Saturday, 2 June 2012

Differences remain exaggerated

I was frustrated to see Boyd and Richerson trotting out their list of the "main differences between genes and culture" in their paper to celebrate Darwin, 150 years on. Here, I respond to their points:

  • First, an individual is not restricted to sampling just their two biological parents to acquire a cultural trait. [...]

    • Organic traits can be acquired from individuals besides direct parents too - for example at 'pox parties'.

  • Second, we are not limited to imitating people of our parental generation; peers, grandparents, and even ancient prophets can influence cultural evolution. [...]

    • Organic traits can be acquired from generations other than the parental one too. For example, itching, coughing and sneezing behaviours can be acquired from offspring, peers and grandparents.

  • Third, individuals acquire and discard items of culture throughout life. One is stuck with one’s genes, though expression of genes can be modified throughout life. [...]

    • Actually, organic symbionts can be acquired and discarded throughout life in a similar manner to cultural symbionts.

  • Fourth, variations acquired during an individual’s lifetime are readily passed on to others by coupling the common animal ability to learn to imitation. [...]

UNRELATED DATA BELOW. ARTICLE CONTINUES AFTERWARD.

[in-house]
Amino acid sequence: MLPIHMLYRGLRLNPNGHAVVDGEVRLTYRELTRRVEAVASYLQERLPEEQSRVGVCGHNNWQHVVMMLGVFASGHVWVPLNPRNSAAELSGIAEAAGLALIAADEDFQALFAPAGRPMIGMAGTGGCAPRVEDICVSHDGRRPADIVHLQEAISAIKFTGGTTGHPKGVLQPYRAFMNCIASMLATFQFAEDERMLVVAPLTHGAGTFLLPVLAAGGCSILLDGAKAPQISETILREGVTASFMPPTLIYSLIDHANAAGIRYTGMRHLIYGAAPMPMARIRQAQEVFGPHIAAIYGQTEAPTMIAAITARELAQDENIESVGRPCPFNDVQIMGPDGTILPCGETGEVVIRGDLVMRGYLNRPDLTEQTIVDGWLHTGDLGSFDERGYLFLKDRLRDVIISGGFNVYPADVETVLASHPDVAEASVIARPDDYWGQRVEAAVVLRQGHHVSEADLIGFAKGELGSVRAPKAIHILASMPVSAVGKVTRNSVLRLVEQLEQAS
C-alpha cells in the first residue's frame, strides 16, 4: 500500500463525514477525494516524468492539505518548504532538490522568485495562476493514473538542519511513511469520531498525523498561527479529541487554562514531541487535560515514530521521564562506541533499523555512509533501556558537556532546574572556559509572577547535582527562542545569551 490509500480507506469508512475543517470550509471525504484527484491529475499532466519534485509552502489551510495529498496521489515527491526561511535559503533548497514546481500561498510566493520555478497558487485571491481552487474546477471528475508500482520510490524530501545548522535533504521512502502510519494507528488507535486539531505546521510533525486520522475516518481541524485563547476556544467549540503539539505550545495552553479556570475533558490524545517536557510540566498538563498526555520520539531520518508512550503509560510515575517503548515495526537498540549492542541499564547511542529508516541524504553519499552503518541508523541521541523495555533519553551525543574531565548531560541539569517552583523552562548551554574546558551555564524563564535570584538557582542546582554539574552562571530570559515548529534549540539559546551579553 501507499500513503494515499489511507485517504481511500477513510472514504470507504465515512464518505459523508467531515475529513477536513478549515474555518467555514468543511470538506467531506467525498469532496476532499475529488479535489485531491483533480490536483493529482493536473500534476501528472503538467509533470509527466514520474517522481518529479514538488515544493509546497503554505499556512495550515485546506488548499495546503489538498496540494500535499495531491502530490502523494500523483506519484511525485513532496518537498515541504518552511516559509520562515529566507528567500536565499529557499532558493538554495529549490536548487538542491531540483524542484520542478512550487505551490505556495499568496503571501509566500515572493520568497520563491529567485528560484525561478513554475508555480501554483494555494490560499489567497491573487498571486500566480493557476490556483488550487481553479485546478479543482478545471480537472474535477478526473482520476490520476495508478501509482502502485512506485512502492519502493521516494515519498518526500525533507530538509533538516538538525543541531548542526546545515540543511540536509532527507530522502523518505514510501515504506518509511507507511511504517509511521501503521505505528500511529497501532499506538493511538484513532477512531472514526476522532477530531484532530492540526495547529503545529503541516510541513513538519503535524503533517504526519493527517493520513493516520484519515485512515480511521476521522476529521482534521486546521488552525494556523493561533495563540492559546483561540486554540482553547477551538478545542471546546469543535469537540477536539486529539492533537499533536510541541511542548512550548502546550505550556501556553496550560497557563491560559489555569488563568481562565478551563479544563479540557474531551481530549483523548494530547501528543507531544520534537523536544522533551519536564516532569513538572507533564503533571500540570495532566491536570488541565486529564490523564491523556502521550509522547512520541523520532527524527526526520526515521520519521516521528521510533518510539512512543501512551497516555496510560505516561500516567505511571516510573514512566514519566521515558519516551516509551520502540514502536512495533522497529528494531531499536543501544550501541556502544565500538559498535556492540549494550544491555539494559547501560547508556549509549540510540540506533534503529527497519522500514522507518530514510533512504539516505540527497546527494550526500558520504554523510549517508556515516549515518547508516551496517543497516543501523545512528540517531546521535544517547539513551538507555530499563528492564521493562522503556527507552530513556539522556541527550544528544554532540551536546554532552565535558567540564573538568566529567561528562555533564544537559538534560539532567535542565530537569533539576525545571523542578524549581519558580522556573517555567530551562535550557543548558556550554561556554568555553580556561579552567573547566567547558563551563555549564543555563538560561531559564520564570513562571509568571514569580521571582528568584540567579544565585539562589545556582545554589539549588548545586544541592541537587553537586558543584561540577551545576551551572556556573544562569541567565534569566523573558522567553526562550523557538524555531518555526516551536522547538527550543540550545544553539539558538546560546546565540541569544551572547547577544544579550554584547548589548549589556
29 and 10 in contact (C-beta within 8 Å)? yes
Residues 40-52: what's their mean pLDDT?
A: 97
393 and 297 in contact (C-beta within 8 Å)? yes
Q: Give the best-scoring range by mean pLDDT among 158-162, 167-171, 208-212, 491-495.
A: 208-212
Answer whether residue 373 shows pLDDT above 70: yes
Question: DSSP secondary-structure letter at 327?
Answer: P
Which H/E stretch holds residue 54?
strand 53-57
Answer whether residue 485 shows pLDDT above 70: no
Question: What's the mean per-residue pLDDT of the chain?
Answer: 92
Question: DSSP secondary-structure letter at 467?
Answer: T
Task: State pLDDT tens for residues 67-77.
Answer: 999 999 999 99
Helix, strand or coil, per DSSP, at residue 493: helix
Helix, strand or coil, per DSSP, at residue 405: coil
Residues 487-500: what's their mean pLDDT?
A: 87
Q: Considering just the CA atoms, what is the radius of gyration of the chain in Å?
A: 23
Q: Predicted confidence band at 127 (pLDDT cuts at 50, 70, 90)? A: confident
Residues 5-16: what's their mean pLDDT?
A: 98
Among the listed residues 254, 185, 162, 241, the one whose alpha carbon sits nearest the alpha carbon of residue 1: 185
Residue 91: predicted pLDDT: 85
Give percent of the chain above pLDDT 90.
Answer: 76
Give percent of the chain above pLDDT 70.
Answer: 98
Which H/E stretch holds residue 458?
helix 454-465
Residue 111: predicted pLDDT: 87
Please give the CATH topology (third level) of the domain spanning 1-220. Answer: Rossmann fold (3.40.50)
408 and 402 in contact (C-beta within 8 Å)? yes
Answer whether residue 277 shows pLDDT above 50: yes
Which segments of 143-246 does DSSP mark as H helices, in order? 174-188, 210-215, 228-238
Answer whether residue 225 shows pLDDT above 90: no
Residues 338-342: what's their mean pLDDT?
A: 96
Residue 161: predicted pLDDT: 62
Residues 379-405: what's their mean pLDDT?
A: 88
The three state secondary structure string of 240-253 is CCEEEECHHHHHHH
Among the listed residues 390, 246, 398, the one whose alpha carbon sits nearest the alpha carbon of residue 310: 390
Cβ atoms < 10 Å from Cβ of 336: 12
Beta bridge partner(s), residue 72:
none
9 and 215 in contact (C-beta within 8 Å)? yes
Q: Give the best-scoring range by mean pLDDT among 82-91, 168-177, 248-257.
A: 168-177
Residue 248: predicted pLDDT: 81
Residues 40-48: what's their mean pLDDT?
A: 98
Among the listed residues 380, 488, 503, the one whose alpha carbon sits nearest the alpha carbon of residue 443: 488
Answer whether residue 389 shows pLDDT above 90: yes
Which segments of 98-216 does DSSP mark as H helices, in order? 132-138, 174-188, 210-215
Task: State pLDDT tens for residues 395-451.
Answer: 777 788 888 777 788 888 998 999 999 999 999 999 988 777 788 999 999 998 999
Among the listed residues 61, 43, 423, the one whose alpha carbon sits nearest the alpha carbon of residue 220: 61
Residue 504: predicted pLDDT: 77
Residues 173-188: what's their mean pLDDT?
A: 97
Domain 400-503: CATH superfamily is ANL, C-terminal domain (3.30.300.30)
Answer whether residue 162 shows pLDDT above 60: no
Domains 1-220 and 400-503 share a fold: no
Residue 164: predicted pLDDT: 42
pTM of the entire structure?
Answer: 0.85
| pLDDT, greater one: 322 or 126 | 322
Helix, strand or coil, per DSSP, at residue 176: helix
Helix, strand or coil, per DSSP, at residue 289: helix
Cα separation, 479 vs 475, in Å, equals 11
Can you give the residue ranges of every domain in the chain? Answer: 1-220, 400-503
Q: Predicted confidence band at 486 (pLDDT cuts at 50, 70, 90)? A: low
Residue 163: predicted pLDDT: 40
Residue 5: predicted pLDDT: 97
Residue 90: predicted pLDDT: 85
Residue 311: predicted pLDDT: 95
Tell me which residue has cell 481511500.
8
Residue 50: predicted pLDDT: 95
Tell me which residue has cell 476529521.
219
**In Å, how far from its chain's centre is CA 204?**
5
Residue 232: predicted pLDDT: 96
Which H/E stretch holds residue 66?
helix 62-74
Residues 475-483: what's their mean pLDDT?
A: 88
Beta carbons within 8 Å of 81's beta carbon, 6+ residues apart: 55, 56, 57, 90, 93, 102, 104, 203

• Variations acquired during an individual’s lifetime are passed on in organic evolution as well - for example, when a pathogen "tunes in" to its host's genotype and then spreads to its relatives.

Cultural evolution and organic evolution are not exactly the same, but I've been over these particular misconceptions about cultural evolution before.

Having said that, this paper was probably written some time back in 2009.

Boyd and Richerson also nod towards cultural kin selection in the paper. Alas, their comment seems rather disparaging:

Many evolutionary social scientists have been keen to apply the main theoretical and empirical results of evolutionary biology, such as Hamilton’s inclusive fitness rule, to human behavior. Contrariwise, using the formal, mathematical, experimental, and observational methods of Darwinian biology to study cultural evolution has turned out to be an effective way to understand the distinctive processes of cultural evolution and the coevolution of genes and culture.

Applying kin selection theory to memes is pretty central to understanding the behavior of modern humans. It seems extremely incorrect to suggest that these results from evolutionary biology do not apply - or are unproductive - in the case of human cultural evolution.

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